Univ. of Pa. v. EEOC - 493 U.S. 182 (1990)
U.S. Supreme Court
Univ. of Pa. v. EEOC, 493 U.S. 182 (1990)
University of Pennsylvania v.
Equal Employment Opportunity Commission
Argued Nov. 7, 1989
Decided Jan. 9, 1990
493 U.S. 182
After petitioner university denied tenure to associate professor Rosalie Tung, she filed a charge with respondent Equal Employment Opportunity Commission (EEOC) alleging discrimination on the basis of race, sex, and national origin in violation of Title VII of the Civil Rights Act of 1964. In the course of its investigation, the EEOC issued a subpoena seeking, inter alia, Tung's tenure-review file and the tenure files of five male faculty members identified in the charge as having received more favorable treatment than Tung. Petitioner refused to produce a number of the tenure file documents and applied to the EEOC for modification of the subpoena to exclude what it termed "confidential peer review information." The EEOC denied the application and successfully sought enforcement of the subpoena by the District Court. The Court of Appeals affirmed, rejecting petitioner's claim that policy considerations and First Amendment principles of academic freedom required the recognition of a qualified privilege or the adoption of a balancing approach that would require the EEOC to demonstrate some particularized need, beyond a showing of relevance, to obtain peer review materials.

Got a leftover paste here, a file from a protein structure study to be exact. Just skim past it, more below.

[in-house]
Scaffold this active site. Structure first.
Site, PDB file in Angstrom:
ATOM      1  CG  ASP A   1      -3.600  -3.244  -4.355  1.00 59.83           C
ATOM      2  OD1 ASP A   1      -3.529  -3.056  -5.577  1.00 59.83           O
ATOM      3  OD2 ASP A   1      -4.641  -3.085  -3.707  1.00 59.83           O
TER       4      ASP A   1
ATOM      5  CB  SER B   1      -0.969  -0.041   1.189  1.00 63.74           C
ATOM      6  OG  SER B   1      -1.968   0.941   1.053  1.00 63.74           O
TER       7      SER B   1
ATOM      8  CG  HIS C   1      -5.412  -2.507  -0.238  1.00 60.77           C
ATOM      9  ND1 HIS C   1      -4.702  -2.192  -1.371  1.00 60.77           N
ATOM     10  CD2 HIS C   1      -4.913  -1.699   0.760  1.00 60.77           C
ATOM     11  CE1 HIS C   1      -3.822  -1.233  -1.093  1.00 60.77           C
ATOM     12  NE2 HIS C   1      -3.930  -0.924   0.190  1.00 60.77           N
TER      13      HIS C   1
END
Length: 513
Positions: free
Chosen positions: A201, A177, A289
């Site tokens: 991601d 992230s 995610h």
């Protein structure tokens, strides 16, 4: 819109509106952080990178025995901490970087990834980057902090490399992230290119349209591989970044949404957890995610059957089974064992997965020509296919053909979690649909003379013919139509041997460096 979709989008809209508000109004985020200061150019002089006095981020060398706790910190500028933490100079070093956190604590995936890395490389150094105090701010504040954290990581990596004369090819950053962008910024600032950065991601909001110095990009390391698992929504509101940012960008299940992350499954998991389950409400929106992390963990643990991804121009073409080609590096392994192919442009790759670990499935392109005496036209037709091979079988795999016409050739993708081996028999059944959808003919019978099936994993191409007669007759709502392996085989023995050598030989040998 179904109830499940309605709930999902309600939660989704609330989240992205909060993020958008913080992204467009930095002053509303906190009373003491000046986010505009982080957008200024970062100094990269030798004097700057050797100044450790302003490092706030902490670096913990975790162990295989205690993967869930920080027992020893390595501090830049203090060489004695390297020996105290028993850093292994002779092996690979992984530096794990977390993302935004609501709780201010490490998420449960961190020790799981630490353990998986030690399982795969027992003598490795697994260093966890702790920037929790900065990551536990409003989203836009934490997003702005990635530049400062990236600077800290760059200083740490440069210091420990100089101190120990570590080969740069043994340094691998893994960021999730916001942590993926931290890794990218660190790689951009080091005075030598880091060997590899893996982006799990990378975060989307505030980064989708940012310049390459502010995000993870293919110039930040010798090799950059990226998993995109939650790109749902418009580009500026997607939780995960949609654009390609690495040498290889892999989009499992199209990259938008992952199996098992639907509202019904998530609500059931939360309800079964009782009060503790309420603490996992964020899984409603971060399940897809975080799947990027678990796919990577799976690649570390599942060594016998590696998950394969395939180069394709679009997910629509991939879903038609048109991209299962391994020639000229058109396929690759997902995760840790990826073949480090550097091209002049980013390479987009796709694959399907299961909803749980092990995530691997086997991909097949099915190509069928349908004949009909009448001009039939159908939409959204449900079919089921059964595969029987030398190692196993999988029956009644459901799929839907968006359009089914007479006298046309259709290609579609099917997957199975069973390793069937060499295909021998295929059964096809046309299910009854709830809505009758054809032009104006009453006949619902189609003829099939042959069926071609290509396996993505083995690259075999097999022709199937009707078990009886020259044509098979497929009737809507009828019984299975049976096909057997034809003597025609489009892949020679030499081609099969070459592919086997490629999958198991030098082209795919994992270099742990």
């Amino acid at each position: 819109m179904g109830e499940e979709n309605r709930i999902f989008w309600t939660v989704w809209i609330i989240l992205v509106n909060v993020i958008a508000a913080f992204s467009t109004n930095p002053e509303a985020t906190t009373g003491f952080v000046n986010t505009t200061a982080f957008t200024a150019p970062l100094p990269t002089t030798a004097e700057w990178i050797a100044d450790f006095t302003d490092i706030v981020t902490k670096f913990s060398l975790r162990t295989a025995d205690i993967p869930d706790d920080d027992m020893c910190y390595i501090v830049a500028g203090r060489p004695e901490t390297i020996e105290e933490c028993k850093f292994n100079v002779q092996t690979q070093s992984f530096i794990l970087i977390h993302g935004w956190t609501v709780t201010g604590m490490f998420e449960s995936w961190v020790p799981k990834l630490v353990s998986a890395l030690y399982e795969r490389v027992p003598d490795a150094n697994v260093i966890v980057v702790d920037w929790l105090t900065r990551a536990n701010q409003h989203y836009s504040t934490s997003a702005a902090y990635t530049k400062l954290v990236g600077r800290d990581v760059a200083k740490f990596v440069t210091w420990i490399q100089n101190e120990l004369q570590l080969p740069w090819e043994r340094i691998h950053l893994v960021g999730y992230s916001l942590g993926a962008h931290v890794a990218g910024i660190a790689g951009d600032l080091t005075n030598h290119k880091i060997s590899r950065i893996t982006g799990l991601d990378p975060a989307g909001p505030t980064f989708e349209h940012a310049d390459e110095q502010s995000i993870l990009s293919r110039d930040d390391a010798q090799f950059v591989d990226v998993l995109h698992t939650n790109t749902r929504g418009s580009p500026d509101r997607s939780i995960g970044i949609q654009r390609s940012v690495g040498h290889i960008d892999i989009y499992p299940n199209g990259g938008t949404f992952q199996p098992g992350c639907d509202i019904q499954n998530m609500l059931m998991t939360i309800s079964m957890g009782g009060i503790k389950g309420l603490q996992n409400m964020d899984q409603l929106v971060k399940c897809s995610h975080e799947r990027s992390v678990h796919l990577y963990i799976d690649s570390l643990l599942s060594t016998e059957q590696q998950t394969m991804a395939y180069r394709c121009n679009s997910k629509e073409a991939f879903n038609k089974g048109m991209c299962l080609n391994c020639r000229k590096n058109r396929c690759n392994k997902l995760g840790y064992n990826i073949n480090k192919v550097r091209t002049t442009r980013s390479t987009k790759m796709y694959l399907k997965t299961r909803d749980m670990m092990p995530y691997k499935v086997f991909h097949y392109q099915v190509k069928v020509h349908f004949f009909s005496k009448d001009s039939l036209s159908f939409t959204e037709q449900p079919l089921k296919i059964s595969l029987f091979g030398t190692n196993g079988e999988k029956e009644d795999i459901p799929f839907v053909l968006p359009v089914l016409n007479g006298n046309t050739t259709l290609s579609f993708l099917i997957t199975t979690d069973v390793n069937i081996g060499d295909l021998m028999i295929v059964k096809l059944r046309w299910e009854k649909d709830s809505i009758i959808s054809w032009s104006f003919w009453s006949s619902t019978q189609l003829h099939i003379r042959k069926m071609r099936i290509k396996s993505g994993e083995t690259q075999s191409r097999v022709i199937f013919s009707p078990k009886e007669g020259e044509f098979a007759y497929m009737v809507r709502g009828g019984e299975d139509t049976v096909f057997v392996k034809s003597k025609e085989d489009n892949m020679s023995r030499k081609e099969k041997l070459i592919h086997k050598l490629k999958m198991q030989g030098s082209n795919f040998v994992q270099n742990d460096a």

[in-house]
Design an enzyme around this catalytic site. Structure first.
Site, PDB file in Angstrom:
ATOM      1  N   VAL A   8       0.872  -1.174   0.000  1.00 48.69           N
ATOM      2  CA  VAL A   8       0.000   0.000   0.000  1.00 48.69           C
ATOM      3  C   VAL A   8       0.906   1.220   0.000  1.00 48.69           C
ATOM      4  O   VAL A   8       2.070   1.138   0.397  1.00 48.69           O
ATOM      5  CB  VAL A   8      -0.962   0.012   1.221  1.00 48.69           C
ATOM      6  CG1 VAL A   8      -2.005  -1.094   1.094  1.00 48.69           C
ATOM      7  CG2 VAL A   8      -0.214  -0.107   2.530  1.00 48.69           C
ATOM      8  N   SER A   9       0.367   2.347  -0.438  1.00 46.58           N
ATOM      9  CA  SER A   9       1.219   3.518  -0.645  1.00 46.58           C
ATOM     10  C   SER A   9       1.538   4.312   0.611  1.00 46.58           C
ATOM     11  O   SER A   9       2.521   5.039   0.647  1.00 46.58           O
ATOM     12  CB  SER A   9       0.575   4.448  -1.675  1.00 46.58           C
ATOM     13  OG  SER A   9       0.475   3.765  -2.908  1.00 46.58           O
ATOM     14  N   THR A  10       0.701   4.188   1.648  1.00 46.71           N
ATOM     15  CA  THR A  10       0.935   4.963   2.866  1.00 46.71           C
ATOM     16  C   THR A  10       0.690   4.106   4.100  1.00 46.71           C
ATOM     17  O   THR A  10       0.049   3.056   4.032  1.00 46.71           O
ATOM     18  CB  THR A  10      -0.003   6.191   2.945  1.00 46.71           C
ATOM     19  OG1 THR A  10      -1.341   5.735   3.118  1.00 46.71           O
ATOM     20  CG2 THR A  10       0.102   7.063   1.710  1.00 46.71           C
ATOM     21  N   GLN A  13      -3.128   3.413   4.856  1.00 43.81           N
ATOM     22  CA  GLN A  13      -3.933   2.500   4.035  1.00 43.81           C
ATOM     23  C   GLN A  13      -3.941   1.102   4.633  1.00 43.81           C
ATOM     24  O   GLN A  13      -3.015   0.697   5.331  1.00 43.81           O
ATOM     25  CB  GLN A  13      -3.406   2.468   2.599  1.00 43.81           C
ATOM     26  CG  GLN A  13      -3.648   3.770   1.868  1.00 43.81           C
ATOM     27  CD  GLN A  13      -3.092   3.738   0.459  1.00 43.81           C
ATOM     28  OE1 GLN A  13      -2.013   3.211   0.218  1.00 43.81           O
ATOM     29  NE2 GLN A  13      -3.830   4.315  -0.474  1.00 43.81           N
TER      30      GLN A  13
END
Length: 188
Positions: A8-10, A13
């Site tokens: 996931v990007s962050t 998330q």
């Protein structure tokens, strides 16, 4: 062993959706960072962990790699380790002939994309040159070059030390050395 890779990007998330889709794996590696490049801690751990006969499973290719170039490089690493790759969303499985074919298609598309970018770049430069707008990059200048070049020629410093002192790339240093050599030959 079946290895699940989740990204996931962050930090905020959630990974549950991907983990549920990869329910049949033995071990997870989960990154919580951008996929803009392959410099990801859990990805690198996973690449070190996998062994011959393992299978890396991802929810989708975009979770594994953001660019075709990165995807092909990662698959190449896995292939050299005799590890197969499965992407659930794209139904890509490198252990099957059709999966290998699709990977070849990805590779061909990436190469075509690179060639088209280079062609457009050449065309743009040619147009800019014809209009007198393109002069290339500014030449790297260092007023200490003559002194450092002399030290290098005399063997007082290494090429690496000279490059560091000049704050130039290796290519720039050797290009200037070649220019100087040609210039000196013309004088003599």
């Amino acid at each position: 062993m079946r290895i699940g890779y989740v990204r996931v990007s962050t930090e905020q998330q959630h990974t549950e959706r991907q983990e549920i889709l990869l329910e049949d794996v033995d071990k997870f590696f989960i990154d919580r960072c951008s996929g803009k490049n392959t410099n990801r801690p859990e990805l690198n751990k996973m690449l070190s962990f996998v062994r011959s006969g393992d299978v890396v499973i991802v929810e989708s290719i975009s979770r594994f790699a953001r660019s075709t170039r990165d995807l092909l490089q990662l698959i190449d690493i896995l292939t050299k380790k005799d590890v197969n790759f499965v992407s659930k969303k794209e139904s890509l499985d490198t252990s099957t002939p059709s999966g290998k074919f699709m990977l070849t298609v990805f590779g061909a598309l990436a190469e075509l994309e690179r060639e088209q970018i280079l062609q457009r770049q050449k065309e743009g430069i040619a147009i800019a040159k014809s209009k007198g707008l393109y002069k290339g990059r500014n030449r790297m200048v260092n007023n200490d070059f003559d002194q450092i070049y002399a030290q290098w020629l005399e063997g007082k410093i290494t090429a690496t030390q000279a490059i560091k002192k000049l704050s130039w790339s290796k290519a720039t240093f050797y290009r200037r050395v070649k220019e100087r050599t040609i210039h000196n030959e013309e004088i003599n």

Held: A university does not enjoy a special privilege requiring a judicial finding of particularized necessity of access, beyond a showing of mere relevance, before peer review materials pertinent to charges of discrimination in tenure decisions are disclosed to the EEOC. 493 U. S. 188-202.
(a) The claimed privilege cannot be grounded in the common law under Federal Rule of Evidence 501. This Court is reluctant to recognize petitioner's asserted privilege where it appears that Congress, in expressly extending Title VII's coverage to educational institutions in 1972 and in thereafter continuing to afford the EEOC a broad right of access to any evidence "relevant" to a charge under investigation, balanced the substantial costs of invidious discrimination in institutions of higher learning against the importance of academic autonomy, but did not see fit to create a privilege for peer review documents. In fact, Congress did provide a modicum of protection for an employer's interest in the confidentiality of its records by making it a crime for EEOC employees to publicize before the institution of court proceedings materials obtained during investigations. Petitioner has not offered persuasive